What does booking a hotel in Amman offer travellers?
Sitting at the crossroads of Africa, Asia and Europe, Amman is an ancient city that’s quickly modernising and emerging as one of the Middle East's major centres for global investment. Jordan's capital, its economy is largely finance-driven, also being home to the global Arab Bank headquarters. Historical sites, including Roman ruins and ancient palaces, await those who book a hotel in Amman.
What defines Amman as a city?
The Jordanian capital’s changing face reflects its willingness to drive its economy forward. At its heart, it’s still an ancient city, with important historical sites like the open-air Roman Theatre sitting alongside houses and shops. Amman is divided into 27 numbered districts. Zahran, the eighth district, has some of the city’s finest hotels and office buildings**,** including the iconic Zara Towers and the Royal Jordanian Airlines headquarters. A defining characteristic of the city is that many of the neighbourhoods have a residential and commercial mix. Districts one to nine, which spiral around the city centre, are the focus for business in town.
What is the city like from a business perspective?
That Jordan is one of the main financial centres within the Middle East makes it clear just how important the country is. Tourism remains a key industry in Amman, whilst medical research is increasingly a focus for investors in the city. The Zara Expo Amman, Royal Convention Centre and Royal Cultural Centre offer modern and flexible events spaces, whilst many hotels also provide conference facilities. The country’s shift towards privatisation of major industries has helped to boost its economy and spur foreign investment, making the city an emerging hub for international trade.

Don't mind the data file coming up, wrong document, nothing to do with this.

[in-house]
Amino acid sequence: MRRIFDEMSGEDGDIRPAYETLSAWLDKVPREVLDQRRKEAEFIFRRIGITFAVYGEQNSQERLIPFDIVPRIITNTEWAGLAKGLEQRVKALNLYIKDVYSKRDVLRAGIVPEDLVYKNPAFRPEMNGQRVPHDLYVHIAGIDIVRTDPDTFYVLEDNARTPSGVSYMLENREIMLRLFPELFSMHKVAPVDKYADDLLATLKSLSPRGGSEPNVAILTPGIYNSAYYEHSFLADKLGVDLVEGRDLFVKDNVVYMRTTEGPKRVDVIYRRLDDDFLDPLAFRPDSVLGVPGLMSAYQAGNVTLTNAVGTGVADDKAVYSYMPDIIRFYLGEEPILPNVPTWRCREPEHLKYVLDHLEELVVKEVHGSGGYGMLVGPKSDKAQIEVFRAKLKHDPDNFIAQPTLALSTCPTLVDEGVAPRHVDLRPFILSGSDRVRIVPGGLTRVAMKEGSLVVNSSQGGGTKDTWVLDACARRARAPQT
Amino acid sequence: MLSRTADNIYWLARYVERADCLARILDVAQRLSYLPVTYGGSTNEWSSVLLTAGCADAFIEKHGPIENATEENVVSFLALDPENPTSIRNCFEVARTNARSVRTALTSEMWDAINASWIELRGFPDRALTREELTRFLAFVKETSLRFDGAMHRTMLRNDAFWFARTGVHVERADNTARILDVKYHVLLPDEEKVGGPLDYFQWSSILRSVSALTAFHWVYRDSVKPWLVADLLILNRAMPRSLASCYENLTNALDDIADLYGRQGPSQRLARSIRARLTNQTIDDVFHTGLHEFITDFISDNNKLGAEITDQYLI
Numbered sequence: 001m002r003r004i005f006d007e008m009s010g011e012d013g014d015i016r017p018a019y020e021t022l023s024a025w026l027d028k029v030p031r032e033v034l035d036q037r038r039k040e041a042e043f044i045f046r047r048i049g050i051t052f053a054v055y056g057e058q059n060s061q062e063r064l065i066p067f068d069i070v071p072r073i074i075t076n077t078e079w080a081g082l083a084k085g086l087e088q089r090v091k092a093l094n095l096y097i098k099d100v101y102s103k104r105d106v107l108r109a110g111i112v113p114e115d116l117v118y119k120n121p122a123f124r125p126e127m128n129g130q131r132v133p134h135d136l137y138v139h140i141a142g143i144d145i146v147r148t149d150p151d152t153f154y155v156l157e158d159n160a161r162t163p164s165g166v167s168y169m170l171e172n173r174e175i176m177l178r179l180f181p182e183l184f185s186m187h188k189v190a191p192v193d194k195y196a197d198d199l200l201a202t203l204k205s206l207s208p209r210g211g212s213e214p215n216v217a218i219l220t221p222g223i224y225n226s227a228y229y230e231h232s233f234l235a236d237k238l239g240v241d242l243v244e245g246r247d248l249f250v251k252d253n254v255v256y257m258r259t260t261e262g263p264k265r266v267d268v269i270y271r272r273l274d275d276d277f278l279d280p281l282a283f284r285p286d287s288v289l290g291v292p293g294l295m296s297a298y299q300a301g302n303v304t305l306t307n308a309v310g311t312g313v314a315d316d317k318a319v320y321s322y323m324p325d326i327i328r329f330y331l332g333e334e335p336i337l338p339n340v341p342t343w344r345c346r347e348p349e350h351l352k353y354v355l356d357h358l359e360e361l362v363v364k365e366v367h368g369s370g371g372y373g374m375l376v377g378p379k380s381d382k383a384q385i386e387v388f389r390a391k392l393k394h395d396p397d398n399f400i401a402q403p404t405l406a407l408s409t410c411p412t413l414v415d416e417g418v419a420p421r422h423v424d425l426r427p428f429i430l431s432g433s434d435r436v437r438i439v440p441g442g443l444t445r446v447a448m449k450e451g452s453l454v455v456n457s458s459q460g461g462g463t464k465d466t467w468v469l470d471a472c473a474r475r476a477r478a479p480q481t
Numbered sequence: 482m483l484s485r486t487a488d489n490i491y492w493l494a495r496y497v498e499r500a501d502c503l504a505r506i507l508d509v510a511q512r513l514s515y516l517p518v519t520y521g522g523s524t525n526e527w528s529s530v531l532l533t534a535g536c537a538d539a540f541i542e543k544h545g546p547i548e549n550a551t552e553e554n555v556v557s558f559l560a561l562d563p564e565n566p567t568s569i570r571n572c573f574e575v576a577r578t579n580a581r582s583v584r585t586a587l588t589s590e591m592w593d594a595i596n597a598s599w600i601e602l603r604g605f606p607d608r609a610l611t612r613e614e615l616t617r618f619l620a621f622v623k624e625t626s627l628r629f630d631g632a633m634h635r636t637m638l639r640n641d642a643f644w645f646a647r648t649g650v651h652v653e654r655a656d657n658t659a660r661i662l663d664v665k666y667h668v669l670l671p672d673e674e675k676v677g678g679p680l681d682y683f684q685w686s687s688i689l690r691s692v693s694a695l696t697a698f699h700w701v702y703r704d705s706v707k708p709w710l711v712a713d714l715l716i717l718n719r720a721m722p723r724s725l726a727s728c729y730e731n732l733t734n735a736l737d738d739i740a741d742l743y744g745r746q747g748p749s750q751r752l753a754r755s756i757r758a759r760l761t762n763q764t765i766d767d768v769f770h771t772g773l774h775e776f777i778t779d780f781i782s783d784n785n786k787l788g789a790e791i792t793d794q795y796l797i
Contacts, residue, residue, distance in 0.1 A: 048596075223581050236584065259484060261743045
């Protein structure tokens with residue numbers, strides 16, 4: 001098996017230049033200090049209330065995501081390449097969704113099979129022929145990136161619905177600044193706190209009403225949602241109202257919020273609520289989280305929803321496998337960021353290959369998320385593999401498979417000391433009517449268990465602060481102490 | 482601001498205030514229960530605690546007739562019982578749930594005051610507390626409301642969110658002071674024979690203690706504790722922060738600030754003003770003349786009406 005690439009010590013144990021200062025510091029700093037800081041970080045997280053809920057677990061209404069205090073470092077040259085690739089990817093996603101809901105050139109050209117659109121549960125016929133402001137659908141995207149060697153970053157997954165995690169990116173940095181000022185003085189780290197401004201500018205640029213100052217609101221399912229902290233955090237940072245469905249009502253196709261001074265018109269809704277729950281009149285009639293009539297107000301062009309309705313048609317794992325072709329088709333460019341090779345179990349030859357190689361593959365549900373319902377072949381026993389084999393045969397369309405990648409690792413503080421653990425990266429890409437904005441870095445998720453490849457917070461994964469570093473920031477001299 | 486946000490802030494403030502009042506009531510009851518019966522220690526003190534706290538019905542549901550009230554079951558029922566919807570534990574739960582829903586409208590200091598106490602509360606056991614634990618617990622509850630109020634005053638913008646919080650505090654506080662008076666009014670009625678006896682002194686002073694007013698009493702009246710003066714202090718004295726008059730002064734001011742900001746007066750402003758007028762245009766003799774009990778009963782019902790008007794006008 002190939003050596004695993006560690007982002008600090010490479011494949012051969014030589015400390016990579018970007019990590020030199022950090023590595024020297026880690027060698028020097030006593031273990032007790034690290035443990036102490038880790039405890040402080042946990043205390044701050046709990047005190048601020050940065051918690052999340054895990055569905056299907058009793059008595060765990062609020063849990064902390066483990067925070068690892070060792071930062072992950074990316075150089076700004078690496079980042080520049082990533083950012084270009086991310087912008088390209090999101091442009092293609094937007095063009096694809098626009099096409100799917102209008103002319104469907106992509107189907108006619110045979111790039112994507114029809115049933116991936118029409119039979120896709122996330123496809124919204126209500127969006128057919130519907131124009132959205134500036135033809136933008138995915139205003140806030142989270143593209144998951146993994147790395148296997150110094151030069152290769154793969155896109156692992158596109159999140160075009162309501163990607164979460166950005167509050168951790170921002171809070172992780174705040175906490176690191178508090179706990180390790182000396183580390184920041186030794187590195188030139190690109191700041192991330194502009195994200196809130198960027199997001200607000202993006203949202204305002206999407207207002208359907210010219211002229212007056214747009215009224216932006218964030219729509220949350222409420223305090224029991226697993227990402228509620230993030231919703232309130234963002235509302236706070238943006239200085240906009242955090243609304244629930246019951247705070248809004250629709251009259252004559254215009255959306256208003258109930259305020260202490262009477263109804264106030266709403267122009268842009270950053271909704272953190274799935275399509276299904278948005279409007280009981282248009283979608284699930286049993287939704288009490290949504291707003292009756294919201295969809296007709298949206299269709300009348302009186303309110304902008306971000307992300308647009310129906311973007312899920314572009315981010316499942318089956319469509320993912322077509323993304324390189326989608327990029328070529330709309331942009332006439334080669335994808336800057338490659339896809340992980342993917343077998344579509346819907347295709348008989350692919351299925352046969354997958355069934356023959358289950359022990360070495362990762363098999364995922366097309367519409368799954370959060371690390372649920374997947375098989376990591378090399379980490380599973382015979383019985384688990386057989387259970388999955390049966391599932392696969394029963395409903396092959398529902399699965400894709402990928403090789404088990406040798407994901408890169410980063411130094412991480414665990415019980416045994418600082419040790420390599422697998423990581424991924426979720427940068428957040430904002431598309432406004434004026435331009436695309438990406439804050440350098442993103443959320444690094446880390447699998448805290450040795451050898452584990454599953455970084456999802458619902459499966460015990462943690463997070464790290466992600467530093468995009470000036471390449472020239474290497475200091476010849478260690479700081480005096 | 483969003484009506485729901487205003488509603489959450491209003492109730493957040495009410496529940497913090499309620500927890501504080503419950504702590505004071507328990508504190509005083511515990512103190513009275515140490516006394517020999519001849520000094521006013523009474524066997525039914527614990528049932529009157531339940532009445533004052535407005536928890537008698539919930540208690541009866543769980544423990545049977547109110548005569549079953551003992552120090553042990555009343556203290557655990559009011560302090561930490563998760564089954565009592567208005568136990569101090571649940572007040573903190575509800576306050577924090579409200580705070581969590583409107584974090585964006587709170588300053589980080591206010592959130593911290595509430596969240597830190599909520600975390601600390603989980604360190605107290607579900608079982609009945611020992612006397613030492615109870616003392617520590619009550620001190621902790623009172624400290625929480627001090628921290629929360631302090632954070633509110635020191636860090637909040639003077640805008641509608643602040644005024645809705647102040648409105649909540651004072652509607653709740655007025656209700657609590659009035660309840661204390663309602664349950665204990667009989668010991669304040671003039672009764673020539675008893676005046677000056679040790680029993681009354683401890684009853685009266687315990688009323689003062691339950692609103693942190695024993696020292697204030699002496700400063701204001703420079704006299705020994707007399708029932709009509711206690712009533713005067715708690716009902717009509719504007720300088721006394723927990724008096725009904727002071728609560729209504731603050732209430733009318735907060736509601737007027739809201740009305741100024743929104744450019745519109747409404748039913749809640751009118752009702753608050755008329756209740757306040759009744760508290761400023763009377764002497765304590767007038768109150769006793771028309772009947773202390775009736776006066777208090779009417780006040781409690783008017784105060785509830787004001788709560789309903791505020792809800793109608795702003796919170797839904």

What can I experience when I stay in an Amman hotel?
Amman is a city that embraces its history. Experience this at the impressive Roman Theatre, or at the well-curated Jordan Museum, a great place to learn more about the culture of this unique country. If you have a little more time, then make the journey to Jerash, situated roughly an hour from Amman. These Roman ruins are not only expansive but are strikingly well preserved. There are many great restaurants in Amman, with the excellent Fakhr El-Din and Sufra being highlights. Mansaf, lamb with a yoghurt sauce served with bulgur wheat or rice, is the country's national dish and is well worth trying.